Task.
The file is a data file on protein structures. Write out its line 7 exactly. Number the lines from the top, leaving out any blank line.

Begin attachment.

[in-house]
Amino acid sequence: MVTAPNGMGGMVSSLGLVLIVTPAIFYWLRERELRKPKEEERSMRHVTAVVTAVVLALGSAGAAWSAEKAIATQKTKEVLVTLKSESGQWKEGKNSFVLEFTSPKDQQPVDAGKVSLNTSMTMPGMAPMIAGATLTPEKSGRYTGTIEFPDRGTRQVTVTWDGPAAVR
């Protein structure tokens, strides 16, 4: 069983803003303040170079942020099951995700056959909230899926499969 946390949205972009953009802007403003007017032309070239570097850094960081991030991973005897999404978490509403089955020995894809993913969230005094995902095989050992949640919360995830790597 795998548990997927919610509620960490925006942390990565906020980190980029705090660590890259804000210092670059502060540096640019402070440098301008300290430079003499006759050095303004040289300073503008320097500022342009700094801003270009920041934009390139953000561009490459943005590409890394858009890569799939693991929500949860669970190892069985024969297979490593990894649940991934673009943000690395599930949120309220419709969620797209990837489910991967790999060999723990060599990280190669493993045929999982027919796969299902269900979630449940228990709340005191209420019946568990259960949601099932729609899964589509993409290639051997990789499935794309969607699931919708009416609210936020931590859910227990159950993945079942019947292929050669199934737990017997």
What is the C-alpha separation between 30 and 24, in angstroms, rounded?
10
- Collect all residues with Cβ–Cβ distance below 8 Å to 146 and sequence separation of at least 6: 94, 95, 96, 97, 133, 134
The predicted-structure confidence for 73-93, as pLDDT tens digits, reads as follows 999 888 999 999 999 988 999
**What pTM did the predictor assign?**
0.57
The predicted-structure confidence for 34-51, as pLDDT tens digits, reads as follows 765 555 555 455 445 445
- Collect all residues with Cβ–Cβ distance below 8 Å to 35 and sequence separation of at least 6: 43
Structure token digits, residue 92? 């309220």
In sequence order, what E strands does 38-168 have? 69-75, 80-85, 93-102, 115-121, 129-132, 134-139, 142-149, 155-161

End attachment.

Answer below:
The predicted-structure confidence for 73-93, as pLDDT tens digits, reads as follows 999 888 999 999 999 988 999